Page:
lace a Ion, Dr. Hamilton 4. Thatatpresentasfaraspossiblethework man-ofwar Jason, appeared on board and re
fo2nd it in this mutilated condition, and irnine- .1 in , r ] .1 .,ti . I "jw e lb ,as er tp fiel s, I el'I'.tany

T I placed upon the Virginia, to
,, , . ,i LI on, Tenn., Nov. 20, 18017, 1 .< which t'oinumeder Roe gave
doing, at considerable individual expense-and I = II =1 Annual Conference, tobepre- orders to land him at a foreign port. On the
having procured a competent corps of female sided over by Rishop Paine. Let this point be return trip, the vessel arrived at Sisal on the
teachers, the work of instruction was recorn impressed upon all concerned. 11th inst, when the commander of the Liberal
My extersence among the people of color is, forces came aboard and offered to arrest him.
inoTi success of the Institution has for cz thatcheyaremuchattachedtous-toourChurch, TheGeneraldoclaredthat he wasaprisoneriu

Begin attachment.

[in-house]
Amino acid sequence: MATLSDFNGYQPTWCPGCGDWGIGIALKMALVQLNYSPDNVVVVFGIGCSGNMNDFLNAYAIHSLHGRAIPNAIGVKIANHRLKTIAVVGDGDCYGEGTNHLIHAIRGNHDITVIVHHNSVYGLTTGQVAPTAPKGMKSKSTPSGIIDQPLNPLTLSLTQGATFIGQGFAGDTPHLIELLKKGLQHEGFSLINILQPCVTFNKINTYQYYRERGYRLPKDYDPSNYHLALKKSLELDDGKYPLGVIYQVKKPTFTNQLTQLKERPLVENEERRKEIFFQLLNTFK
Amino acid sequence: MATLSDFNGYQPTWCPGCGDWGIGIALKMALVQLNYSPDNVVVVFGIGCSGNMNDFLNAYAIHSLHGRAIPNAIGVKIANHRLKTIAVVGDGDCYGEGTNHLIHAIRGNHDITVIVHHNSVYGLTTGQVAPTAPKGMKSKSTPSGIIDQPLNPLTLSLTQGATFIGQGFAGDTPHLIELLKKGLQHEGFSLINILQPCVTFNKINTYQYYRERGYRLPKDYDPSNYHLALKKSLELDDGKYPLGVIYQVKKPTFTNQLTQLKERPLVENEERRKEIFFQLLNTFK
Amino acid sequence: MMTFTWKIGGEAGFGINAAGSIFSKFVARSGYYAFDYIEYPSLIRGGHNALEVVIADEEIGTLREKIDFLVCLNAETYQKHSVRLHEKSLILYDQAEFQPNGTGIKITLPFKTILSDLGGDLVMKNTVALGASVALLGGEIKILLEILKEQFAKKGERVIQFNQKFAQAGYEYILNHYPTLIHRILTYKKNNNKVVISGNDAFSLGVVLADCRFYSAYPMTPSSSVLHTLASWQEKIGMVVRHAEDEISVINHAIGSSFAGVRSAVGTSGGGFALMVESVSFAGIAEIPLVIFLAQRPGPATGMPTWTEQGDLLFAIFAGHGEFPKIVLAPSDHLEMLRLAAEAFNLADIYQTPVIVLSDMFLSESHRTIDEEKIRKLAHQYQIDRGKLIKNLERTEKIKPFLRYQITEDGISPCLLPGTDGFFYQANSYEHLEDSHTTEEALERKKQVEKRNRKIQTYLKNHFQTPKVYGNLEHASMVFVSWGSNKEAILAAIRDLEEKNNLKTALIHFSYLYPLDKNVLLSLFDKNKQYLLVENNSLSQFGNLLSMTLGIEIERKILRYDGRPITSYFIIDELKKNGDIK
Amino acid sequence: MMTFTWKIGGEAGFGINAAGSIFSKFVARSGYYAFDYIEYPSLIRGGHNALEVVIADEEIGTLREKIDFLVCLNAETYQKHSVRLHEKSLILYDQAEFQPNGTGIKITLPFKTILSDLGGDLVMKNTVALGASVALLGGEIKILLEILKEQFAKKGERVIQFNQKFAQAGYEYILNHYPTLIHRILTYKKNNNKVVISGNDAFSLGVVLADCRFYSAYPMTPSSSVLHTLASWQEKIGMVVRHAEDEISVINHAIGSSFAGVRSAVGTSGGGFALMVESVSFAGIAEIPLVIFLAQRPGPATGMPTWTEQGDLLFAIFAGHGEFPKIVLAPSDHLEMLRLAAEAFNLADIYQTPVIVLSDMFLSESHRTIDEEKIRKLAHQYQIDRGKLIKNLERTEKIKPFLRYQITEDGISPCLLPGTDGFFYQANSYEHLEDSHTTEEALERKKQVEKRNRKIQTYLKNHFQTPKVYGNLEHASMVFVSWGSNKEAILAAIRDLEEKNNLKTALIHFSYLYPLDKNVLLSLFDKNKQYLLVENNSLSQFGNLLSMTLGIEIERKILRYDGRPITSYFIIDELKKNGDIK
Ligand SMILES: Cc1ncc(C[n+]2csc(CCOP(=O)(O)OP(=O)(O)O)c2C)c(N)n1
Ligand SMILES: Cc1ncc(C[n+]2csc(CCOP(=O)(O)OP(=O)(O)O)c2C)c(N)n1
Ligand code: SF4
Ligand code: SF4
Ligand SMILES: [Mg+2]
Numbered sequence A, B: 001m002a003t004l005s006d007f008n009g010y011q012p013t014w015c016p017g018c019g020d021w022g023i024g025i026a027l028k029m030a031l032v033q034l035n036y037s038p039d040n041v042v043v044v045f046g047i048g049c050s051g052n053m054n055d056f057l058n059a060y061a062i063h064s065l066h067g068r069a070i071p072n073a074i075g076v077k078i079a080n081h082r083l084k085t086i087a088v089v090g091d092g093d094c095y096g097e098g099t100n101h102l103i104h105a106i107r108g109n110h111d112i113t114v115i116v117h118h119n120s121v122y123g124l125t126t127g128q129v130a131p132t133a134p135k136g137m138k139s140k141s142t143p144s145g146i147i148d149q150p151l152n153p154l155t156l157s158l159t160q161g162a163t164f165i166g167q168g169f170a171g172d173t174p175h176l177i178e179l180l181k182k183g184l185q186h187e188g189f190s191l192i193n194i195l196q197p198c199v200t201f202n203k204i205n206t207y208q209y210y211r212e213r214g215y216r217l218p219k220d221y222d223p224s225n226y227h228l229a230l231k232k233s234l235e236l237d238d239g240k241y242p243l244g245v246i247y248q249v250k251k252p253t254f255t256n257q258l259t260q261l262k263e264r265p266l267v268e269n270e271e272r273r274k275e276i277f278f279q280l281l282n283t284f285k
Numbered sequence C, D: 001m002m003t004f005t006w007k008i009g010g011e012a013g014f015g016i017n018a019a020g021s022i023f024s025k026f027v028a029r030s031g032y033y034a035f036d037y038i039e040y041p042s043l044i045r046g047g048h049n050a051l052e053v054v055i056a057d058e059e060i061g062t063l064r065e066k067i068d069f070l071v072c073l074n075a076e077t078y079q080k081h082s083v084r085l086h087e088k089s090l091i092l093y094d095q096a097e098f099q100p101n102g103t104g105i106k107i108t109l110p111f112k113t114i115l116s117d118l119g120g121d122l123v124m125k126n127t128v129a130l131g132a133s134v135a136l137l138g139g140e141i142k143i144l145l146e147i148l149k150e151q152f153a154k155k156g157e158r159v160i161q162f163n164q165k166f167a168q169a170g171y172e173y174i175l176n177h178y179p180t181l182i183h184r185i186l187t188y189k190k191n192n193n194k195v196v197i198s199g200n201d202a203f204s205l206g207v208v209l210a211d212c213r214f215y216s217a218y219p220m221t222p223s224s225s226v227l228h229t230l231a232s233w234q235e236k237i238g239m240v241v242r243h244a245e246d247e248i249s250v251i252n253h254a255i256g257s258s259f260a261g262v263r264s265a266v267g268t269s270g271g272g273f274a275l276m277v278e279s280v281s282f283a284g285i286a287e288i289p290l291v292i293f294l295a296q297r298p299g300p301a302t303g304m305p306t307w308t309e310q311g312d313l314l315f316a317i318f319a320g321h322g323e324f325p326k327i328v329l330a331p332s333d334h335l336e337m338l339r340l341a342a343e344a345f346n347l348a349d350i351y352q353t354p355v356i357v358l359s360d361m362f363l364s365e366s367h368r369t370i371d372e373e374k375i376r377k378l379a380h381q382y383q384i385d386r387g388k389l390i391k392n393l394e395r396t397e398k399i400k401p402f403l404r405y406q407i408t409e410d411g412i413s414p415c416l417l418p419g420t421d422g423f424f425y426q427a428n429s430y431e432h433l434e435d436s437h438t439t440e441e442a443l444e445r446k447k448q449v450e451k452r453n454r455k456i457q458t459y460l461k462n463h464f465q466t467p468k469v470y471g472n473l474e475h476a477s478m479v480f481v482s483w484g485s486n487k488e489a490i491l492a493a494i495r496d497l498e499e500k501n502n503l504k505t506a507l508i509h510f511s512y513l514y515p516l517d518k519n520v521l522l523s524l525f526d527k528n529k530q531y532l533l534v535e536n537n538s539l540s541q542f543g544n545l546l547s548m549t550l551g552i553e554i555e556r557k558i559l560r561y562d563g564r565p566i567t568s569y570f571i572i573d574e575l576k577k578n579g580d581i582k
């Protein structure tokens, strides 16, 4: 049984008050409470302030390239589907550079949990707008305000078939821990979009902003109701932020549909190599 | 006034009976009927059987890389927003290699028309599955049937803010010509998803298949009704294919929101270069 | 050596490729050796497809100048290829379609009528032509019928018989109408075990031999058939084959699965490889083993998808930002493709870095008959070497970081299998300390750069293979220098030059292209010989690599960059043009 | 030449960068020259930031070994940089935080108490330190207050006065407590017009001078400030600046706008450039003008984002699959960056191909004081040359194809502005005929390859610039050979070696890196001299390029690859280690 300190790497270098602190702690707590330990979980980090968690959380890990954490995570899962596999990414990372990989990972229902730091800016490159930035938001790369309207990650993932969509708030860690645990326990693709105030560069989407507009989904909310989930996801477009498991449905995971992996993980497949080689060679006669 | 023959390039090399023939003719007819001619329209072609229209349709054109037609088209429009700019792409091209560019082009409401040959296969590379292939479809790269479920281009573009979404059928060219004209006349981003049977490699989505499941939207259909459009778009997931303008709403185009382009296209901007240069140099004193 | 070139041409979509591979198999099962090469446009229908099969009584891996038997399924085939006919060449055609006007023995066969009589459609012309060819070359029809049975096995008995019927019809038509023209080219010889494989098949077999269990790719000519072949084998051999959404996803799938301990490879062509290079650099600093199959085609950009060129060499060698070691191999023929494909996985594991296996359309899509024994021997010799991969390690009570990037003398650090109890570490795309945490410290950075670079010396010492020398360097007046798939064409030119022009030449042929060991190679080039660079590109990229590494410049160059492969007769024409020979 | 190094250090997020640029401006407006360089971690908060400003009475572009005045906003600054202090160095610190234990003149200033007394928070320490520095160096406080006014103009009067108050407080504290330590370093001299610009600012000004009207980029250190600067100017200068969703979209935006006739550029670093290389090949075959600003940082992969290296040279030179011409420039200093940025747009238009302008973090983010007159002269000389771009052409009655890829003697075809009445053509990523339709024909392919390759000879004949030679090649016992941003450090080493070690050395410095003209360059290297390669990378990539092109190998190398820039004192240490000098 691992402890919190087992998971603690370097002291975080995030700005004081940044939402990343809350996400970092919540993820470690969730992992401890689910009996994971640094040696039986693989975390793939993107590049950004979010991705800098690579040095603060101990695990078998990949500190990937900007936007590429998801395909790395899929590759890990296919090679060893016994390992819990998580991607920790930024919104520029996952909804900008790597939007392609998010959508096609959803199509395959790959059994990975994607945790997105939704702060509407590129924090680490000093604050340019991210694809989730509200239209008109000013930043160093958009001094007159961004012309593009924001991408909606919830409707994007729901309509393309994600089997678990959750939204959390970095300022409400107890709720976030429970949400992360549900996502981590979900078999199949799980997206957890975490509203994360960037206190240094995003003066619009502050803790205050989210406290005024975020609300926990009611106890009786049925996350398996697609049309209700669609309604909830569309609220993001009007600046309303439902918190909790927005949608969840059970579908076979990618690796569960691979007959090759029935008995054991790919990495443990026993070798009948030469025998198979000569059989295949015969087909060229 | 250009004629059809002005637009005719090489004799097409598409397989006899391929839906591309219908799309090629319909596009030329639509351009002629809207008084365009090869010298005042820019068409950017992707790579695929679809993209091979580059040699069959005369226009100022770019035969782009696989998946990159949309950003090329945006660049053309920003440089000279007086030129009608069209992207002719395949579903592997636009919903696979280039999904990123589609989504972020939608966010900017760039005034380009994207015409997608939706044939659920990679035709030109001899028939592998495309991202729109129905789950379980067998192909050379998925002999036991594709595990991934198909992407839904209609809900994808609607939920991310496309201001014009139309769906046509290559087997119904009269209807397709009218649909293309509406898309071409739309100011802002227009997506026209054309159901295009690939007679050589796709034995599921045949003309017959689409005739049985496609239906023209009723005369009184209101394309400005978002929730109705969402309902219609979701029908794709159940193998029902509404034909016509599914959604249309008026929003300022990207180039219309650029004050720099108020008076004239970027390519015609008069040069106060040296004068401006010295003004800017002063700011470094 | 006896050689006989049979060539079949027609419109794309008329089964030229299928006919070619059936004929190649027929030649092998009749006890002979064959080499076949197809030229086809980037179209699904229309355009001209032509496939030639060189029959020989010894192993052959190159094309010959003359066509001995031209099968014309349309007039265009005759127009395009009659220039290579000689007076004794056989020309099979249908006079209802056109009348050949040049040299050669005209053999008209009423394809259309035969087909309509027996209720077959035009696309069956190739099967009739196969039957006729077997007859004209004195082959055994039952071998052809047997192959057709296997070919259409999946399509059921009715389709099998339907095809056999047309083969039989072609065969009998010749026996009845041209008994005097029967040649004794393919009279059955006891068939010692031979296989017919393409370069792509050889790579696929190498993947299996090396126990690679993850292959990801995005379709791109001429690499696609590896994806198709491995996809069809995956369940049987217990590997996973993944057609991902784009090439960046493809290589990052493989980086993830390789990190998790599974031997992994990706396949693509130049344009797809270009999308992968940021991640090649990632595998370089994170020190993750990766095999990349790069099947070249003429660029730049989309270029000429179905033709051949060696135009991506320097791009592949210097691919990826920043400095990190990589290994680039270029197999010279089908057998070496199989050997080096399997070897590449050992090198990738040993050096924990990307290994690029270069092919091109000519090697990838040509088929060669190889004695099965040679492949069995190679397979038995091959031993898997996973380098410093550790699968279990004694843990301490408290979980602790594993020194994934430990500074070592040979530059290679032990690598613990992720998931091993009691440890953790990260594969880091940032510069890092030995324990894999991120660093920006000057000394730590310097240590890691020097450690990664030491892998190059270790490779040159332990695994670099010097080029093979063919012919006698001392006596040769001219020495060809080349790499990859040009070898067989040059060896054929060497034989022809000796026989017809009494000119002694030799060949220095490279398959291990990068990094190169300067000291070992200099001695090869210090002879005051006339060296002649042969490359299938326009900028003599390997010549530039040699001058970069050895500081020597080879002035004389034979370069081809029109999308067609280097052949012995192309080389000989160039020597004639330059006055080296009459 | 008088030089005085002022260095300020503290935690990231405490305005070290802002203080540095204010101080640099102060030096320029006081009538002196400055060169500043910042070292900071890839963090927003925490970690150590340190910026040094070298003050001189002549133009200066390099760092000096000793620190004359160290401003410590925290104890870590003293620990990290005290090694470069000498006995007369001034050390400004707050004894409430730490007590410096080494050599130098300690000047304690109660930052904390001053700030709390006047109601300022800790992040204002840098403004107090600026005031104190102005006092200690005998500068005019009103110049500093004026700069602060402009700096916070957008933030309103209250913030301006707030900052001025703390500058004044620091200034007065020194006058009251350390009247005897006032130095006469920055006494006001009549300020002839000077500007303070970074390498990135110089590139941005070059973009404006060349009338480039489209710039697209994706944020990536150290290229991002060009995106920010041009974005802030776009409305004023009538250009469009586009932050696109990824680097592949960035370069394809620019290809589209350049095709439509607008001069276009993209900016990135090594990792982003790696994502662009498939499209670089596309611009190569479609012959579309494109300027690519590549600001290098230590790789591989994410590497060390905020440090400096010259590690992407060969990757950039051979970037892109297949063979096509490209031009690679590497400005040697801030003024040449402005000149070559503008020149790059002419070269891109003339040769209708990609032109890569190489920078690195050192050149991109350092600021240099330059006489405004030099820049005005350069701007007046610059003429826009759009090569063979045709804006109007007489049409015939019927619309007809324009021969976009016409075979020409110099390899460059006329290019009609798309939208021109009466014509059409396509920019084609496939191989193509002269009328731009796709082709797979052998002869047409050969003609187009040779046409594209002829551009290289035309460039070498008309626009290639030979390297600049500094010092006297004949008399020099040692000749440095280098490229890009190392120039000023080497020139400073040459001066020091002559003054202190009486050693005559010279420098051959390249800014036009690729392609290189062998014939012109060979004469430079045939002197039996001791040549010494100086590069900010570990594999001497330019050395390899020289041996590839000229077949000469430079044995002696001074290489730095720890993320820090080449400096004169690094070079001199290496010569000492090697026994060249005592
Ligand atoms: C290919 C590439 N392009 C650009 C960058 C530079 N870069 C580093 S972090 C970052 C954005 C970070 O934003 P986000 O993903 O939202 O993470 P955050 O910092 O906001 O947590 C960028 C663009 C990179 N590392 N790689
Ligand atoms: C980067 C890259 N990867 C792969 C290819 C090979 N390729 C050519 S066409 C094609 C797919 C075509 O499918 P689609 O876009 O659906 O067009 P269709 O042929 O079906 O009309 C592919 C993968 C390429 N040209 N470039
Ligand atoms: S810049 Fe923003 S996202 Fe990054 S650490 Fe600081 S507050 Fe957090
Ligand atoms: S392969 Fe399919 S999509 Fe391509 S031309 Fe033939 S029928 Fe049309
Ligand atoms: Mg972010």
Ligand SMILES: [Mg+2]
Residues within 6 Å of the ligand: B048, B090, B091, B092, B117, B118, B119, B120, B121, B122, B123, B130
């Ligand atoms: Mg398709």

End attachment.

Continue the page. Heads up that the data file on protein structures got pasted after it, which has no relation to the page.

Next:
ceeded the expectation of those who were fa and to ourpreachers. Every variety of induce- the hands of the United States, and the com-
neiliar with the dilliculties under which it wa ment has bcon presented to draw them from us, inand reorganized. The catalogue for the in --- .000-0=> B c es haP- surrender hIm. = = * <
shows the names of one hundred and *ees, .

pitTI trthe arre maiority of whom me I , I n n .e r , , I ,, I .
tcrest felt in to lation of th tna a = ore. Gen. Tavouda, commandi
present at the examin o pupils, T era Crus, had 1 1 1

whawitoo editancakof itinthe tyhighest whenth-wilicomposeaveryimportantelement al ni satComunadorl10
great the a a digious-among us; and interest muds of Boryan and Canates, at r